Evangeline League: Betting scandal marred baseball circuit’s reputation – Daily Comet
Next year will be the 70th anniversary of a betting scandal that rocked the minors and landed four Houma Indians and one for the Abbeville Athletics on baseball’s ineligible list.
In what The Society for American Baseball Research calls the “most celebrated gambling scandal since the Black Sox,” the players stood accused of fixing contests in the 1946 Evangeline Baseball League’s post-season in which the Indians met the Alexandria Aces in the play-offs and the Athletics in the championship series.
An investigation ensued. The punishment meted out to the five men, however, was not for throwing games but for their ties to bookies and gambling activity off the field. Charges games were fixed could not be proven.
Questions haunt those games to this day.
“I hate the Houma Indians. That team caused us to be looked on as cheaters.”
That was how former New Iberia Cardinals player Bill McCullogh put it to Dr. Paul Leslie a Nicholls State University American history professor. His efforts to preserve the Evangeline Baseball League’s history has led to the acquisition of a wealth of league memorabilia. Pieces from that collection, which is stored in the NSU archives, are now on display in the Ellender Room next door to the archives at Ellender Memorial Library.
McCullogh registered his strong feelings about the 1946 disgrace during an interview with Leslie at the former player’s home in New Iberia. Though McCullogh did not play for the Indians, “he, like a lot of others, felt that the scandal had undermined the image of the league as a very good training place for future major leaguers,” Leslie said.
In “’Say It Ain’t So’: The 1946 Houma Indians and the Baseball Scandals,” Leslie details the dark chapter in the now-defunct league’s long and colorful history. According to the 1994 article published in the quarterly, “Louisiana History,” the season started with Houma baseball fans beside themselves with excitement their city finally had a team to call their own and ended with fans’ pinching their noses at the sour odor hanging about the championship title the newly minted Houma Indians had secured.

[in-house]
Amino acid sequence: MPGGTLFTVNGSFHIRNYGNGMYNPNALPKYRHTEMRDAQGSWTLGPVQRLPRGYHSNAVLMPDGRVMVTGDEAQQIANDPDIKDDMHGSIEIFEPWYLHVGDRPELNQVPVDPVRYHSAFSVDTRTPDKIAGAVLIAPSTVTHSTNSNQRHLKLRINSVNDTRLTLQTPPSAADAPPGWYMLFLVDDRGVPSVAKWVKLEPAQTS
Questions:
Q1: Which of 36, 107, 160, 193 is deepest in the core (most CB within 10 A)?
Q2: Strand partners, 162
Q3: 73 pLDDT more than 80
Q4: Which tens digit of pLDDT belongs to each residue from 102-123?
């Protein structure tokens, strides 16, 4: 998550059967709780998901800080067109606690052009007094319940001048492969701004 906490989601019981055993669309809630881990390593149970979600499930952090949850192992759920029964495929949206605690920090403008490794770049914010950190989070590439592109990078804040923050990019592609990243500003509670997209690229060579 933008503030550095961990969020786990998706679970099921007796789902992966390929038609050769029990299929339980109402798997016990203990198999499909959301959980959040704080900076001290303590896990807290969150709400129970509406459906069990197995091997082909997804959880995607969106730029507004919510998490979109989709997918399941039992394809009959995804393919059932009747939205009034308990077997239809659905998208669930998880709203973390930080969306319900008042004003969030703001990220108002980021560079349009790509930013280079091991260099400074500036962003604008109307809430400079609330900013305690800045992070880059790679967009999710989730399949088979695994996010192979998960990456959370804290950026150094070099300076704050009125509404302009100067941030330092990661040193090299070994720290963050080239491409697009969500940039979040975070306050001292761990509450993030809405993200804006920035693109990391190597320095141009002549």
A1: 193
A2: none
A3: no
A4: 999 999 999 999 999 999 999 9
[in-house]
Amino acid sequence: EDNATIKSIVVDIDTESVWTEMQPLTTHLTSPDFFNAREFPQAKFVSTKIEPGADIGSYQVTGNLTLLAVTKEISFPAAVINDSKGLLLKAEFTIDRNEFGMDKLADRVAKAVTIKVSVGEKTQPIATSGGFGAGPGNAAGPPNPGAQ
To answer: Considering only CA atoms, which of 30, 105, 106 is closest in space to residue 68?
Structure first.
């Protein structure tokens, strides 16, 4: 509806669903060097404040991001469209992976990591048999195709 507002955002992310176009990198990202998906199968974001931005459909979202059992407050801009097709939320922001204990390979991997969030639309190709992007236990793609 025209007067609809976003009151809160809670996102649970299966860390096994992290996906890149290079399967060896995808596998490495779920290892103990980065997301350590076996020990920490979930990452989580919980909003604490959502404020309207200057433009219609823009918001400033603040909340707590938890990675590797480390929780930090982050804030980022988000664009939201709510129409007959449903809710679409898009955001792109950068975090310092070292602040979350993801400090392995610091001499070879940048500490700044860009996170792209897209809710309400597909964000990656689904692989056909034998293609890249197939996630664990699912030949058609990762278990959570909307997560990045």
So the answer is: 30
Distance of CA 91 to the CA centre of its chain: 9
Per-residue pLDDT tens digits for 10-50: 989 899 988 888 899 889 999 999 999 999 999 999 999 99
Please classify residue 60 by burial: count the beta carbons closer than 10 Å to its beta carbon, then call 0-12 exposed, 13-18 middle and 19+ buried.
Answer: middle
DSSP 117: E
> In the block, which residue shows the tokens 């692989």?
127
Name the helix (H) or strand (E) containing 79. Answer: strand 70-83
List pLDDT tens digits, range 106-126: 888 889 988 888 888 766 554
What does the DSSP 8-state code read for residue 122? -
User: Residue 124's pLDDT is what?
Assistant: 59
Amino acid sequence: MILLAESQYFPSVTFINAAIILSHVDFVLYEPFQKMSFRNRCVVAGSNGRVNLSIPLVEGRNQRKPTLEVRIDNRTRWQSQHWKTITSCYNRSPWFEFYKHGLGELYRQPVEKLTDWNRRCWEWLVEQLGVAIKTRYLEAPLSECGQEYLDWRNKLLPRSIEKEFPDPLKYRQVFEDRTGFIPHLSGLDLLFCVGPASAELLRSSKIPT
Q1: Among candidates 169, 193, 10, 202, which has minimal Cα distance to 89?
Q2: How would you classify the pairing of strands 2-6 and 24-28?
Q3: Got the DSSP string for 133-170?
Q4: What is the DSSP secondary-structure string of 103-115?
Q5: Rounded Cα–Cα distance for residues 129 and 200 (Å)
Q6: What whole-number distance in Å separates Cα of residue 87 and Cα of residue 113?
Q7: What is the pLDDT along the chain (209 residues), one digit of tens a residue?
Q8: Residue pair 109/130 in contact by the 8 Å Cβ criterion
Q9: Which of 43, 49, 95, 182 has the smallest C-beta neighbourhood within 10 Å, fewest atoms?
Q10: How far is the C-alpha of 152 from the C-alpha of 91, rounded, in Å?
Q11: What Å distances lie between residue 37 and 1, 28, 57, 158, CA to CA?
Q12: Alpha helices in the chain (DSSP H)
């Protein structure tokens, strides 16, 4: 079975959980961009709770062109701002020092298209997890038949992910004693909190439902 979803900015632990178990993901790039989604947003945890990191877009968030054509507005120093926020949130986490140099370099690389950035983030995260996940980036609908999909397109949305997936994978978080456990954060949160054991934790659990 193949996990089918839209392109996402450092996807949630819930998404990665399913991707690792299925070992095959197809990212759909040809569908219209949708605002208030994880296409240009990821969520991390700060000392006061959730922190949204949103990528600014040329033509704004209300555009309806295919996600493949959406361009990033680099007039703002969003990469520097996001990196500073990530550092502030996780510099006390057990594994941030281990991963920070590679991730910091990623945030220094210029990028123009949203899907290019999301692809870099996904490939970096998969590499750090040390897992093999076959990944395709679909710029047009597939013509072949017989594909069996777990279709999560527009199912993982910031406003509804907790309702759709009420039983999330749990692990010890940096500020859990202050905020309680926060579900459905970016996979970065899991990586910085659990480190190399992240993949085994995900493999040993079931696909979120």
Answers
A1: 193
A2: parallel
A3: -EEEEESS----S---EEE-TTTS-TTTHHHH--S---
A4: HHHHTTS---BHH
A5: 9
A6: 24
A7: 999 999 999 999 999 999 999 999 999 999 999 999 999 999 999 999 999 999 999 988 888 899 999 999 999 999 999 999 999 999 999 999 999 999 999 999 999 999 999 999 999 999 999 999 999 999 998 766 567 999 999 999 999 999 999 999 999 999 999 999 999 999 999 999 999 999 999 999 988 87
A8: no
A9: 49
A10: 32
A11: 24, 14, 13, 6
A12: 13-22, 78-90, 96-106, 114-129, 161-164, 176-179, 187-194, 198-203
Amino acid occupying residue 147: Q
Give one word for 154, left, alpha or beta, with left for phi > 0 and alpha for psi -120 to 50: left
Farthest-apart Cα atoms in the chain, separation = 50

“Seeing those idols tumbled from their pedestals was a mighty tough blow to the idealism of the cash customer who had cheered himself (and herself) hoarse at almost every game,” Leslie quotes Courier editor John B. Gordon as writing.
According to Leslie’s article, minor league commissioner Judge William G. Bramham conducted a close-to-the-vest inquiry that ended in January 1947 with his barring from the game Indians first baseman-manager Paul Fugit, third baseman Klim Kaiser, center fielder Lenny Pecou and pitcher Bill Thomas. Abbeville catcher Don Vettorel was also declared ineligible.
“Testimony indicated that some of the Houma players were employed by bookies,” according to SABR’s “The National Pastime: A Review of Baseball History.” “Fugit said some players came to Houma after a crackdown on gambling in New Orleans left them unemployed.”
The players referred to in the quotes were not identified.
George W. Hilton wrote in his article for SABR, “The Evangeline League Scandal of 1946,” that Vettorel was accused of boasting in a bar that he’d won $600 fixing the outcomes of games.
“Indeed, it was alleged that the Houma team was so strong because the players, who were good enough for higher levels of ball, were willing to play in Class D for the benefits of dealing with the gamblers in Louisiana,” Hilton wrote.
The games under suspicion were the fourth game of the playoffs between the Indians and the Alexandria Aces and at least two games in the championship series between the Indians and the Abbeville Athletics. Both Leslie and SABR reported that Bramham declared evidence the players were in on a fix was circumstantial. In the absence of a confession or more concrete proof, Leslie wrote, Bramham concluded the players could not be found guilty of throwing the games.
Shortly after his ruling, Bramham retired.
“The situation in the Evangeline League is very, very bad,” SABR’s “The National Pastime” quotes Bramham saying to his successor George Trautman.
For their part, all five players denied wrongdoing. Three years later, Pecou and Thomas were reinstated, according to SABR’s “The National Pastime.”
“I knew there was betting on the series, on the part of the fans” Fugit told the Courier, according to Leslie’s “’Say It Ain’t So.’” “But (I) never heard of any on the part of the players. There is a tendency to bet on everything in Louisiana.”
That fans gambled was as evident as the bleachers they sat on at games. Bramham, who attended a game in Thibodaux, was appalled to witness fans openly exchanging money in bets amongst themselves over play calls won or lost, Leslie said.
The ball park wasn’t the only venue for league-related gambling.
“In many of the cities, local bars put the pictures of players on slot machines, and it became a way the player could get a bonus from their fans,” Leslie wrote in email.
This was true for Thibodaux and Opelousas and possibly Houma, he said, and it predated the year the Houma betting scandal broke.
“Jerry Stromh whose brother was a manager and a commissioner, Harry, said when he went to Opelousas in 1938, he thought that he was stepping back into the Old West with all of the gambling.”